Newspaper article The Florida Times Union

Warrick Cure-All for FSU

Newspaper article The Florida Times Union

Warrick Cure-All for FSU

Article excerpt

Peter Warrick has perfected the art of keeping people guessing. You don't become the best receiver in college football by tipping defenders off about the direction of your pass route.

So when it came time for Florida State's electrifying flanker to decide whether to jump to the NFL or stay in school, Warrick fooled everybody again.

"I was pretty much set on leaving after the Fiesta Bowl [23-16 loss to No. 1-ranked Tennessee] because I felt it was time for me to leave," he said.

Instead, Warrick faked left, then went right. Just when the Seminole nation thought its greatest home-run weapon was gone forever, Warrick took a page out of the playbooks of Peyton Manning and Ricky Williams: He returned for his senior year.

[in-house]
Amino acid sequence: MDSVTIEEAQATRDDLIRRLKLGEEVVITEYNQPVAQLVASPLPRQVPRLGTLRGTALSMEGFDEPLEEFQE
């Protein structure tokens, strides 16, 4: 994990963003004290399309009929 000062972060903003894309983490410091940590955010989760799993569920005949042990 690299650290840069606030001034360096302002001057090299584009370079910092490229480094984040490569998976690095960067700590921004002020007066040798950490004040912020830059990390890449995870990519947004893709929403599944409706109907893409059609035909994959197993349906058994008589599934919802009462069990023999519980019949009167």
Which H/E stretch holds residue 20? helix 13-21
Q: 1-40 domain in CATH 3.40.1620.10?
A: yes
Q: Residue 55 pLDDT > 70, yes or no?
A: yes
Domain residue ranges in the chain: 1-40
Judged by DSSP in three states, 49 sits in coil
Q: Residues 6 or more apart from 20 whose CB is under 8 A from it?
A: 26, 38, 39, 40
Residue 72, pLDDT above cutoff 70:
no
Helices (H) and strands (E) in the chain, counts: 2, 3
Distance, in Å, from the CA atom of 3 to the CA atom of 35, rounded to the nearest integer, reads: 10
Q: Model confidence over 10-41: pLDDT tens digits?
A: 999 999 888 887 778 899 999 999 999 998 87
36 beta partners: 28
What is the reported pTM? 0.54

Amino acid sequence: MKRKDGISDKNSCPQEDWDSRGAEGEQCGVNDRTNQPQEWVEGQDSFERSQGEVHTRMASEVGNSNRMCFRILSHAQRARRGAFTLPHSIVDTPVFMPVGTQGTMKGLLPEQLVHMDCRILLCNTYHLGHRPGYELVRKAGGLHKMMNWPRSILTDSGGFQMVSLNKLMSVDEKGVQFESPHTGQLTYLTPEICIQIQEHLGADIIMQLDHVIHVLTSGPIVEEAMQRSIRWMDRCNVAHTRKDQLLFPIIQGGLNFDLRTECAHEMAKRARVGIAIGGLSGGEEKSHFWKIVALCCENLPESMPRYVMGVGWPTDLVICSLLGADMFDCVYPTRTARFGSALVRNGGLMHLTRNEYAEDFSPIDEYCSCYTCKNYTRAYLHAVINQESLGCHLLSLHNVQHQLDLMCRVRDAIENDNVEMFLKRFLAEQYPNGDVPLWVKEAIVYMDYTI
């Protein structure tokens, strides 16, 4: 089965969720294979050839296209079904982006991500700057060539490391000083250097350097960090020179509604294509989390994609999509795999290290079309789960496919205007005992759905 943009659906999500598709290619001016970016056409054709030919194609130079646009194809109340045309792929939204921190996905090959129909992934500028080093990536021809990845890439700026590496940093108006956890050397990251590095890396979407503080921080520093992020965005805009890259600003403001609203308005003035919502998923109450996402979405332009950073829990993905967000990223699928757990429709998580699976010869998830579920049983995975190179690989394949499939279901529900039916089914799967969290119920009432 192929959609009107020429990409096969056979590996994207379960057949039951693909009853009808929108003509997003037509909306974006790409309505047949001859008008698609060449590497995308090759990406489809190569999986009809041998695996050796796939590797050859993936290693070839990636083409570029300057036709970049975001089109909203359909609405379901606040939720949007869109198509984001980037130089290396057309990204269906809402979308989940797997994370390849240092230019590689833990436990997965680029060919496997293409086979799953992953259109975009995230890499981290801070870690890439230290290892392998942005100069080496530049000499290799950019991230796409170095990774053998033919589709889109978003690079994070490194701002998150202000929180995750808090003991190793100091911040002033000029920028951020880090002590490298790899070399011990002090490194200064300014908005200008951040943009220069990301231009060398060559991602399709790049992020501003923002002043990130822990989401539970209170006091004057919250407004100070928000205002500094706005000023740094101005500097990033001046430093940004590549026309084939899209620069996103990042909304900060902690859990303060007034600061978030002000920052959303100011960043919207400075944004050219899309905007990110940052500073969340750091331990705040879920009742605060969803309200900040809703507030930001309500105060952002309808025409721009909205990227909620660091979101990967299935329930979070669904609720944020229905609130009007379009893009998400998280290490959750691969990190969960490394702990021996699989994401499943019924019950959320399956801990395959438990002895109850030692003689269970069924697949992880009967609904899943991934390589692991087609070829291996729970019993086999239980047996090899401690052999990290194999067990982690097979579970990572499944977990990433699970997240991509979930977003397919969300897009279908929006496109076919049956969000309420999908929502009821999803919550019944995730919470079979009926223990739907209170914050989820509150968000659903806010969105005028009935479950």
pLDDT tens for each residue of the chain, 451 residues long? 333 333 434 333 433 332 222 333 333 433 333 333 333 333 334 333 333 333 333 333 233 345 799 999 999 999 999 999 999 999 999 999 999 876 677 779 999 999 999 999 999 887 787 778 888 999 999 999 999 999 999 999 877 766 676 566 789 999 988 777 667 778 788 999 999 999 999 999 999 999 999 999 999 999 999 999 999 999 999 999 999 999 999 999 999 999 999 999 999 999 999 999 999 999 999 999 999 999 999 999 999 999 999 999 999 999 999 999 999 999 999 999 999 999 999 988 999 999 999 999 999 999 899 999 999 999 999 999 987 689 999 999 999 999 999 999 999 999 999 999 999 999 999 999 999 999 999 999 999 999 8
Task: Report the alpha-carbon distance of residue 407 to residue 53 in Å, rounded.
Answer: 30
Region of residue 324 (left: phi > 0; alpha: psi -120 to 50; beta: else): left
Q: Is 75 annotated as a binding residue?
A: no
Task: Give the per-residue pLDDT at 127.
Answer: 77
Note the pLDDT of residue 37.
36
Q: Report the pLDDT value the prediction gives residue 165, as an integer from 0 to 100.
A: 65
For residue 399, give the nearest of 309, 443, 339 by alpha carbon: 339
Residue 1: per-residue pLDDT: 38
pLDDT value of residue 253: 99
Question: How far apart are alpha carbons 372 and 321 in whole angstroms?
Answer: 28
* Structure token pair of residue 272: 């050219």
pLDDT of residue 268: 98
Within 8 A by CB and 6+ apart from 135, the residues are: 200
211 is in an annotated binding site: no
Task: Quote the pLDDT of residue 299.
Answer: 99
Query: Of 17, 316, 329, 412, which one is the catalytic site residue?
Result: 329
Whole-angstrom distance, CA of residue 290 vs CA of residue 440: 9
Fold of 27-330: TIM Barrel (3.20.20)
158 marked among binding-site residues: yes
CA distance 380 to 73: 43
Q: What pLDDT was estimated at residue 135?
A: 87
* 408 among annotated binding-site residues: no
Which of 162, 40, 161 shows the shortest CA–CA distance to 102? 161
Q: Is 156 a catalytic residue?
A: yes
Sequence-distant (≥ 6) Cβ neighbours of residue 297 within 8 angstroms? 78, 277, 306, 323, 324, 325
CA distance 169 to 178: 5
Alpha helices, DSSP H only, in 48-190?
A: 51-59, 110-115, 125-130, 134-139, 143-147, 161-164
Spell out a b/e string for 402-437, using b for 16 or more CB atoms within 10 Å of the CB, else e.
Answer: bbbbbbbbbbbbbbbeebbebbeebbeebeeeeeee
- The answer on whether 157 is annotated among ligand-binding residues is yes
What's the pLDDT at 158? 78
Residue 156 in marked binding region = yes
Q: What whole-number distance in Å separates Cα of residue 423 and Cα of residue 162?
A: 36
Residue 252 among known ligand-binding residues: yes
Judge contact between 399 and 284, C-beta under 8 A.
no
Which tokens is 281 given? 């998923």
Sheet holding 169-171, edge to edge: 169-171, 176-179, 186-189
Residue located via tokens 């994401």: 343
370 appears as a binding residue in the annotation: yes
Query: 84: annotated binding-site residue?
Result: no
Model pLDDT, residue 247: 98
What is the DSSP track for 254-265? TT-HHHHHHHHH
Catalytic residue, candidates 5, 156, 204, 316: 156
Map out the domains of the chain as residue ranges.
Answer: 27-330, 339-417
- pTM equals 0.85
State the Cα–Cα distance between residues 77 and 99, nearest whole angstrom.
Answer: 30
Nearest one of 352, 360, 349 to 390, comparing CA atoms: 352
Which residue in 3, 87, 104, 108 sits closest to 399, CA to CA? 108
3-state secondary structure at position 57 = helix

"Everybody on our coaching staff assumed he'd come out for the NFL," FSU coach Bobby Bowden said. "Then the day before his decision, he told me, `I'm confused. I don't know what to do.' We were happily shocked. We couldn't sign a better player than that."

The confusion was alleviated by two factors -- a lot of praying and a tip from Randy Moss, the Minnesota Vikings' receiver who befriended Warrick during his brief stay at FSU in 1996.

"It was something I had to feel right about in my heart and I prayed to God to make the right decision," Warrick said. "Randy Moss told me that once you leave college, football's more of a 9-to-5 job.

"College life is only going to be there for so long. I want to enjoy it while I can."

Warrick's change of heart could very well change the outcome of college football's two biggest races -- the national championship and Heisman Trophy. Warrick, who already ranks fourth on FSU's all-time receiving list with 2,583 yards, is that much of a difference-maker.

Ron Dayne, the Wisconsin running back who may shatter Williams' NCAA career rushing record, was recently asked if he thought of himself as the best player in college football. His answer: "No, that would be Peter Warrick."

Warrick is the offensive version of Deion Sanders, a player who can destroy opponents any time he touches the ball. No matter how that ball finds its way into his hands.

As Bowden says: "He's got moves and balance out of this world. …

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